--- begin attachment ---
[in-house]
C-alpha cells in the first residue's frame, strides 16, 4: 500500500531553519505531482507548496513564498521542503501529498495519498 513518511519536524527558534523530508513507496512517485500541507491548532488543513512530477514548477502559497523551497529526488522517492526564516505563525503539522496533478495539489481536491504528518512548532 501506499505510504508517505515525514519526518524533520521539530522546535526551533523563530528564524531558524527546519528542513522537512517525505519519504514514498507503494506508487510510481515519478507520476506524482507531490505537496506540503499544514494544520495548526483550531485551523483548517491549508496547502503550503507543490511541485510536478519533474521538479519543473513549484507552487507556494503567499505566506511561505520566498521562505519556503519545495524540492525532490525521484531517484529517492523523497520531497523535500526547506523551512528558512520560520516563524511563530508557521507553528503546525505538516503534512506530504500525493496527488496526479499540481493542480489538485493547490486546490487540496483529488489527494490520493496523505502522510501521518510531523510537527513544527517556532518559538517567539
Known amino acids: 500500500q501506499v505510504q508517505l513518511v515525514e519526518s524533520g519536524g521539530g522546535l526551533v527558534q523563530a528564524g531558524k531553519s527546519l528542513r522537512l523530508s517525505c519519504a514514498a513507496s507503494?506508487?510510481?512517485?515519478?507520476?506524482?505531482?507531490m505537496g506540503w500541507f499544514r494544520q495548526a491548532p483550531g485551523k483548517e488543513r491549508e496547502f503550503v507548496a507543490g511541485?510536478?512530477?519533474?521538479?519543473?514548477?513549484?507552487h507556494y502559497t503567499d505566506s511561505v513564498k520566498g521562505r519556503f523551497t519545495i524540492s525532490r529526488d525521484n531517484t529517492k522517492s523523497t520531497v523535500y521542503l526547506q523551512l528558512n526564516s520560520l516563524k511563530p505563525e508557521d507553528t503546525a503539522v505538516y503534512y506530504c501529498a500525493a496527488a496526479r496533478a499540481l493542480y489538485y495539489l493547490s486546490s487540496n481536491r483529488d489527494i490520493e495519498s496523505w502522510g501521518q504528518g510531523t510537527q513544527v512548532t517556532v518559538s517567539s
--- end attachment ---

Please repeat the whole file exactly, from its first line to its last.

[in-house]
C-alpha cells in the first residue's frame, strides 16, 4: 500500500531553519505531482507548496513564498521542503501529498495519498 513518511519536524527558534523530508513507496512517485500541507491548532488543513512530477514548477502559497523551497529526488522517492526564516505563525503539522496533478495539489481536491504528518512548532 501506499505510504508517505515525514519526518524533520521539530522546535526551533523563530528564524531558524527546519528542513522537512517525505519519504514514498507503494506508487510510481515519478507520476506524482507531490505537496506540503499544514494544520495548526483550531485551523483548517491549508496547502503550503507543490511541485510536478519533474521538479519543473513549484507552487507556494503567499505566506511561505520566498521562505519556503519545495524540492525532490525521484531517484529517492523523497520531497523535500526547506523551512528558512520560520516563524511563530508557521507553528503546525505538516503534512506530504500525493496527488496526479499540481493542480489538485493547490486546490487540496483529488489527494490520493496523505502522510501521518510531523510537527513544527517556532518559538517567539
Known amino acids: 500500500q501506499v505510504q508517505l513518511v515525514e519526518s524533520g519536524g521539530g522546535l526551533v527558534q523563530a528564524g531558524k531553519s527546519l528542513r522537512l523530508s517525505c519519504a514514498a513507496s507503494?506508487?510510481?512517485?515519478?507520476?506524482?505531482?507531490m505537496g506540503w500541507f499544514r494544520q495548526a491548532p483550531g485551523k483548517e488543513r491549508e496547502f503550503v507548496a507543490g511541485?510536478?512530477?519533474?521538479?519543473?514548477?513549484?507552487h507556494y502559497t503567499d505566506s511561505v513564498k520566498g521562505r519556503f523551497t519545495i524540492s525532490r529526488d525521484n531517484t529517492k522517492s523523497t520531497v523535500y521542503l526547506q523551512l528558512n526564516s520560520l516563524k511563530p505563525e508557521d507553528t503546525a503539522v505538516y503534512y506530504c501529498a500525493a496527488a496526479r496533478a499540481l493542480y489538485y495539489l493547490s486546490s487540496n481536491r483529488d489527494i490520493e495519498s496523505w502522510g501521518q504528518g510531523t510537527q513544527v512548532t517556532v518559538s517567539s